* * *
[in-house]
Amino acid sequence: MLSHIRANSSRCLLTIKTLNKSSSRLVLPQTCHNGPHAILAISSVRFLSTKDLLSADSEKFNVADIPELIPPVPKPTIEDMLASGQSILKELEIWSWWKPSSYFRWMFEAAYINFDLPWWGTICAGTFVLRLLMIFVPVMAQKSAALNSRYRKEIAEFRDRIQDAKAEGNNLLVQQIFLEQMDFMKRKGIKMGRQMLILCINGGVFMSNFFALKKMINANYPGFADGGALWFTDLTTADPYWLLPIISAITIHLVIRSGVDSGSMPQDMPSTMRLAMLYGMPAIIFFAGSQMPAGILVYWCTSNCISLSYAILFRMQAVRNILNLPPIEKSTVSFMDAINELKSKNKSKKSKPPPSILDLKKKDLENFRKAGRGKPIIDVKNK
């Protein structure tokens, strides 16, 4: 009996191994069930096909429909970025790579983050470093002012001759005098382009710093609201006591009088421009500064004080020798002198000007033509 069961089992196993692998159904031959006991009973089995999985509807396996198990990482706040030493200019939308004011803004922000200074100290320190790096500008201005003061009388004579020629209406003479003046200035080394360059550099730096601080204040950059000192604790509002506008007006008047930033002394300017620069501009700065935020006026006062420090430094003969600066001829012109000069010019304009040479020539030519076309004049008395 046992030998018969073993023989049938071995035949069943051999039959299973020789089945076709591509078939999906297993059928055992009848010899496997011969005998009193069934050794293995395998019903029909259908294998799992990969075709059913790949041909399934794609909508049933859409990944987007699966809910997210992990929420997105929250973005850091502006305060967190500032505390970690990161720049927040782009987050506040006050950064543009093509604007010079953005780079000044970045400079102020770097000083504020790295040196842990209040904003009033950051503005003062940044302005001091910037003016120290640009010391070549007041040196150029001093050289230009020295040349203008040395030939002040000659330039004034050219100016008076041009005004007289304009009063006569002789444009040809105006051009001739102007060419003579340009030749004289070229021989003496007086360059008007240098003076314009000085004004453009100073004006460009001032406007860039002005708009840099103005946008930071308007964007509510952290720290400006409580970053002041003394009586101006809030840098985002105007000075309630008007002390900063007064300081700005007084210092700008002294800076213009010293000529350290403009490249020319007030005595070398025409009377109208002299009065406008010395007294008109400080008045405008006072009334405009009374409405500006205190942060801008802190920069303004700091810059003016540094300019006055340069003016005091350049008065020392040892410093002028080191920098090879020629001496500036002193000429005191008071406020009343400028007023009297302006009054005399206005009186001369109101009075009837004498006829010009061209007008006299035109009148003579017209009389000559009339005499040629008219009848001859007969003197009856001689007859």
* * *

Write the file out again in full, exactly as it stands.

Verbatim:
[in-house]
Amino acid sequence: MLSHIRANSSRCLLTIKTLNKSSSRLVLPQTCHNGPHAILAISSVRFLSTKDLLSADSEKFNVADIPELIPPVPKPTIEDMLASGQSILKELEIWSWWKPSSYFRWMFEAAYINFDLPWWGTICAGTFVLRLLMIFVPVMAQKSAALNSRYRKEIAEFRDRIQDAKAEGNNLLVQQIFLEQMDFMKRKGIKMGRQMLILCINGGVFMSNFFALKKMINANYPGFADGGALWFTDLTTADPYWLLPIISAITIHLVIRSGVDSGSMPQDMPSTMRLAMLYGMPAIIFFAGSQMPAGILVYWCTSNCISLSYAILFRMQAVRNILNLPPIEKSTVSFMDAINELKSKNKSKKSKPPPSILDLKKKDLENFRKAGRGKPIIDVKNK
């Protein structure tokens, strides 16, 4: 009996191994069930096909429909970025790579983050470093002012001759005098382009710093609201006591009088421009500064004080020798002198000007033509 069961089992196993692998159904031959006991009973089995999985509807396996198990990482706040030493200019939308004011803004922000200074100290320190790096500008201005003061009388004579020629209406003479003046200035080394360059550099730096601080204040950059000192604790509002506008007006008047930033002394300017620069501009700065935020006026006062420090430094003969600066001829012109000069010019304009040479020539030519076309004049008395 046992030998018969073993023989049938071995035949069943051999039959299973020789089945076709591509078939999906297993059928055992009848010899496997011969005998009193069934050794293995395998019903029909259908294998799992990969075709059913790949041909399934794609909508049933859409990944987007699966809910997210992990929420997105929250973005850091502006305060967190500032505390970690990161720049927040782009987050506040006050950064543009093509604007010079953005780079000044970045400079102020770097000083504020790295040196842990209040904003009033950051503005003062940044302005001091910037003016120290640009010391070549007041040196150029001093050289230009020295040349203008040395030939002040000659330039004034050219100016008076041009005004007289304009009063006569002789444009040809105006051009001739102007060419003579340009030749004289070229021989003496007086360059008007240098003076314009000085004004453009100073004006460009001032406007860039002005708009840099103005946008930071308007964007509510952290720290400006409580970053002041003394009586101006809030840098985002105007000075309630008007002390900063007064300081700005007084210092700008002294800076213009010293000529350290403009490249020319007030005595070398025409009377109208002299009065406008010395007294008109400080008045405008006072009334405009009374409405500006205190942060801008802190920069303004700091810059003016540094300019006055340069003016005091350049008065020392040892410093002028080191920098090879020629001496500036002193000429005191008071406020009343400028007023009297302006009054005399206005009186001369109101009075009837004498006829010009061209007008006299035109009148003579017209009389000559009339005499040629008219009848001859007969003197009856001689007859």